Making the Most of Your Purchasing Power: Debunking the Myths of Down Payments

 The process to buy a home may seem daunting, especially to first-time homebuyers. There's one step of the process that seems to cause the most concern of all: We're talking down payments.

When it comes to down payments, one size does not fit all. In fact, it can mean vastly different things for different people in tremendously different situations.

While down payments can seem scary, this fear is often premature. Down payments are surrounded by a multitude of myths, making the process seem much more difficult to navigate than it is. Luckily, we've taken the time to debunk some of the common misconceptions.

Myth #1: You have to put a minimum of 20% down.

Long gone are the days of needing a 20% down payment. In today's market, there are a variety of loan options that require low or no down payment options.

Depending on your situation, you could qualify for low down payment programs. Some programs include the Federal Housing Administration (FHA), the U.S. Department of Veterans Affairs (VA) and the U.S. Department of Agriculture (USDA).

Other options include down payment assistance and low-to-moderate-income programs. You can learn more about your options here, or contact an Evergreen Home Loans loan officer to see if you qualify.

Myth #2: The larger the down payment, the better.

Though it is true that larger down payments can reduce the cost of your loan, this may not be a viable option for everyone.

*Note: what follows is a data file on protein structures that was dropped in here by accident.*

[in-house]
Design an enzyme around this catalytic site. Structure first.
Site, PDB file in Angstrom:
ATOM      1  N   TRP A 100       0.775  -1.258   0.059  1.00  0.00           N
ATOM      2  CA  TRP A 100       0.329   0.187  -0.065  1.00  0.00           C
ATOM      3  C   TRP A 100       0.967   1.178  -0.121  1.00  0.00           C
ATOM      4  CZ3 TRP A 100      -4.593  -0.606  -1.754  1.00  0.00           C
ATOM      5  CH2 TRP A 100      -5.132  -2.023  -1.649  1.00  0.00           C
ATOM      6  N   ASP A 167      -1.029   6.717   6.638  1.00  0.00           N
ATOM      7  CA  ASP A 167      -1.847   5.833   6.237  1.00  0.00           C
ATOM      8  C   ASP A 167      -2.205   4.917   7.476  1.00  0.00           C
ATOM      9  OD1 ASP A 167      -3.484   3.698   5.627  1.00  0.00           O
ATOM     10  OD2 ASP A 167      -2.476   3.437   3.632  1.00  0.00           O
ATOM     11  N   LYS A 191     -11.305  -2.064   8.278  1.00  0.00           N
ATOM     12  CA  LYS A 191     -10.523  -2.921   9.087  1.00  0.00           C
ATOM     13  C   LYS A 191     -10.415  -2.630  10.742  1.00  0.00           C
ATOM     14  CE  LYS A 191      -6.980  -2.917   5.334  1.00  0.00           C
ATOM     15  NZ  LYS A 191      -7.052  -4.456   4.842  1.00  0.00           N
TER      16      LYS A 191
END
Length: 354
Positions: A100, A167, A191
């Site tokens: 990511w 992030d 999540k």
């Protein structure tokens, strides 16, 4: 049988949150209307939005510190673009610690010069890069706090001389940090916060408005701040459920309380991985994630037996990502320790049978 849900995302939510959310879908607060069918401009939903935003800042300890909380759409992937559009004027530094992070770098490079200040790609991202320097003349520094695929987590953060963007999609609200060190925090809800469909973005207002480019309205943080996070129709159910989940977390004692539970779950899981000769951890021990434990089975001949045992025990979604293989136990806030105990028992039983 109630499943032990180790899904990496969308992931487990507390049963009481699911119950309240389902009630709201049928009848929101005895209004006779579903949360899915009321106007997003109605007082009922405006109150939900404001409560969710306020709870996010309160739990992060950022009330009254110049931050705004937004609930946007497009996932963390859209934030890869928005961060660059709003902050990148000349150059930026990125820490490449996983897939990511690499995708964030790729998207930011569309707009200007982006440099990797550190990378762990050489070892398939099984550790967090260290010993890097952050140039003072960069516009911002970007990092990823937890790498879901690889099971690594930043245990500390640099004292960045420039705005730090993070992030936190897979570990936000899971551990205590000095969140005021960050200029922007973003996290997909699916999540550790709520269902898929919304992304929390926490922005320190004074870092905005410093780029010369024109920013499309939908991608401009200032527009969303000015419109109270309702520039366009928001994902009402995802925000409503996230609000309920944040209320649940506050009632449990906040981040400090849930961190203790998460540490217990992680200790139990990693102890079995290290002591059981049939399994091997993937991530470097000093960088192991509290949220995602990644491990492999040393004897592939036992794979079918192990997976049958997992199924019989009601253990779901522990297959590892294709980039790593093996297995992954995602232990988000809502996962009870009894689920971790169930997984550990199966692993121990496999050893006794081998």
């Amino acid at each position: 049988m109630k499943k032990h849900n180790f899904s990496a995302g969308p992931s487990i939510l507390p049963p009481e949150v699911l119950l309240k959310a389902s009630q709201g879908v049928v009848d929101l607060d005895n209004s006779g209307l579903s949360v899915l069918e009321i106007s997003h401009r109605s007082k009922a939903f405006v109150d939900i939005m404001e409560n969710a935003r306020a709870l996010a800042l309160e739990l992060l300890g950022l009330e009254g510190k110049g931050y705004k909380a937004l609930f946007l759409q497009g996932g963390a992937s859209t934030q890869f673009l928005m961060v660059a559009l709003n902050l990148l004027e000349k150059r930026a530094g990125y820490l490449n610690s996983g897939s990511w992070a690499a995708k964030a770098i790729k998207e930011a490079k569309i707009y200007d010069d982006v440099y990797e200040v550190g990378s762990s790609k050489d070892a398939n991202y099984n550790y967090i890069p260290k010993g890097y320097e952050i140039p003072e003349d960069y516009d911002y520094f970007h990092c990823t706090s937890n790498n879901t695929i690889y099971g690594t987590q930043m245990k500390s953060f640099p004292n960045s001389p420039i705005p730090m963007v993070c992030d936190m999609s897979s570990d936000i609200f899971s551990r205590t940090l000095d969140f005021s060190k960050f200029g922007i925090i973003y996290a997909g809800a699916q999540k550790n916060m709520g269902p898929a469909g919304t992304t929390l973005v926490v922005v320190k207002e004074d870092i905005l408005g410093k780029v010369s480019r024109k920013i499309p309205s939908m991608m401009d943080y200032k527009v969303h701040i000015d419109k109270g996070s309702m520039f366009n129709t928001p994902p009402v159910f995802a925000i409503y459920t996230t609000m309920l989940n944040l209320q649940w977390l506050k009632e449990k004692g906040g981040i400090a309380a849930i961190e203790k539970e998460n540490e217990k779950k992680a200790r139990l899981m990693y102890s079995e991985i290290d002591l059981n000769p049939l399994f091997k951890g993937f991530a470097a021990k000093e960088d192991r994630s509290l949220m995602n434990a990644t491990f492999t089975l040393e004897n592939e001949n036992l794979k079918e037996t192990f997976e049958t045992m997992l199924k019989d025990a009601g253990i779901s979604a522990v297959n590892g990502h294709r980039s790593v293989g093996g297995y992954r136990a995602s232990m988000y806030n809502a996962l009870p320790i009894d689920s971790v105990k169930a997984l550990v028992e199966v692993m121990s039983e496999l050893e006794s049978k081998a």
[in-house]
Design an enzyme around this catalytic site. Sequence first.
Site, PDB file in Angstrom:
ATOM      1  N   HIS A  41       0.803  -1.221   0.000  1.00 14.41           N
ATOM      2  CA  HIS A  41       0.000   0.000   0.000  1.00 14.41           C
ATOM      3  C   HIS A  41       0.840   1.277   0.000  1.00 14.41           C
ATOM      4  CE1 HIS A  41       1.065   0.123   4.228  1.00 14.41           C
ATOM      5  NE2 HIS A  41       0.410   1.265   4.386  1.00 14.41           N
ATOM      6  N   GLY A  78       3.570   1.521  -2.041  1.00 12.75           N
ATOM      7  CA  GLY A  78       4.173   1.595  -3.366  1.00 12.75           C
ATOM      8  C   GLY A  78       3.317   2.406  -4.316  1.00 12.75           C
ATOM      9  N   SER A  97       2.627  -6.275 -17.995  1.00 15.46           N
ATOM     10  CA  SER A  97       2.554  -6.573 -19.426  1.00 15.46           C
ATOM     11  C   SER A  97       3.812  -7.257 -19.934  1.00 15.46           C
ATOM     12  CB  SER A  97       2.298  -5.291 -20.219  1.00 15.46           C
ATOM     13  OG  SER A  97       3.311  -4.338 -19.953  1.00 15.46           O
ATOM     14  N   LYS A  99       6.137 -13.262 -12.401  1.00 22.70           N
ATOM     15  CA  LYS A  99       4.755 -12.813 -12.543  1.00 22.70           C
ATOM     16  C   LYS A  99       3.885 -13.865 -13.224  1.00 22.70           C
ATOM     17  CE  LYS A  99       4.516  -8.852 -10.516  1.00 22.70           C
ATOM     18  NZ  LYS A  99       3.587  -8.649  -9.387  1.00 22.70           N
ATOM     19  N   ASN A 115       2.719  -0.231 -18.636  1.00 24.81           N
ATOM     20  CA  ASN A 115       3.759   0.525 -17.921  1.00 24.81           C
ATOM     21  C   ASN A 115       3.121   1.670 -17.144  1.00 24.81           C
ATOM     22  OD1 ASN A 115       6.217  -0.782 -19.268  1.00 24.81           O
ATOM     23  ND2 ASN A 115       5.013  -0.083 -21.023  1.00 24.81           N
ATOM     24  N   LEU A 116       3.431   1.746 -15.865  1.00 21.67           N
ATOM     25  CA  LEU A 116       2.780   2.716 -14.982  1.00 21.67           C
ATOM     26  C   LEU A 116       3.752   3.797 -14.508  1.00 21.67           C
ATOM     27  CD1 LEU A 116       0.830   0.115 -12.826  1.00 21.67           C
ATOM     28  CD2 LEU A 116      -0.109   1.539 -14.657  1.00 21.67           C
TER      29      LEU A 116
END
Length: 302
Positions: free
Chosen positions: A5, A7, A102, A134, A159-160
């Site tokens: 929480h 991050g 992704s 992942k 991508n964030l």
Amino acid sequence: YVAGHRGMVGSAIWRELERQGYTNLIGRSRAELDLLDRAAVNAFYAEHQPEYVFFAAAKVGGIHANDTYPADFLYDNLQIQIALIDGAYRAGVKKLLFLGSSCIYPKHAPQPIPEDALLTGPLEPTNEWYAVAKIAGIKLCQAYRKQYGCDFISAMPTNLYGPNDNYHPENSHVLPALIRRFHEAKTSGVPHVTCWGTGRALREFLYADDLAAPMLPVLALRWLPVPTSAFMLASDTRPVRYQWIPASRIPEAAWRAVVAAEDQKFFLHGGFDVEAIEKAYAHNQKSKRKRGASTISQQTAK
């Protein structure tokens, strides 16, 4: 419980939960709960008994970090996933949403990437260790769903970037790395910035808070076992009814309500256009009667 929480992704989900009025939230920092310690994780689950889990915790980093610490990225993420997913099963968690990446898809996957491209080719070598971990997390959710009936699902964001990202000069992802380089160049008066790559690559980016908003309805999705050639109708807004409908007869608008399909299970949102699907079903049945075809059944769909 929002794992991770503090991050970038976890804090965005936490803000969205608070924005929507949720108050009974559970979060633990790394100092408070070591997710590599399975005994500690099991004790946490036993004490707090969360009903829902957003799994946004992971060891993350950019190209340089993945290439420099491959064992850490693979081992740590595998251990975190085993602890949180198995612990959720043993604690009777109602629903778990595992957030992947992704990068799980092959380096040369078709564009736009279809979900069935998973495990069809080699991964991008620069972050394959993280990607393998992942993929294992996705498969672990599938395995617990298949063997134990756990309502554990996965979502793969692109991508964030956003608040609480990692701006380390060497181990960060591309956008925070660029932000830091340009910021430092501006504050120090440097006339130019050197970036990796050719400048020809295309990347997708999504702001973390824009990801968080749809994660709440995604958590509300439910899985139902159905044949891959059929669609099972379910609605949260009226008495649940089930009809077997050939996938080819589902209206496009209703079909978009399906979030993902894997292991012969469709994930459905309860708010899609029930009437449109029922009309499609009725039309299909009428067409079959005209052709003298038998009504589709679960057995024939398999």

It is important to consider and discuss your current financial situation with your loan officer who can advise you on the right size down payment. They can help you build out a plan on how much you would like to put down initially and how much you can afford to pay each month. It's important to note, you should always factor in additional moving costs and incidental spending when considering your down payment options.

Myth #3: The down payment is the only cost due at closing time.

It's a good idea to budget extra money as a buffer when planning your down payment. When it's time to close, you may also be responsible for additional closing costs, which could impact the initial amount needed to close.

A general rule of thumb for estimating closing costs is to calculate 2-5% of the average home price in the neighborhood in which you're looking to purchase. These costs can vary depending on the type of loan you've chosen and the property you intend to purchase. Our team of loan officers can help you factor these additional costs into your budget from the start, so they don't catch you by surprise later on.

Learn more about closing costs here, or contact one of Evergreen's local home loan experts.

Securing your down payment is one of the most important steps in purchasing your dream home at a price you can afford. Contact a home loan officer today to learn more about the home buying process.

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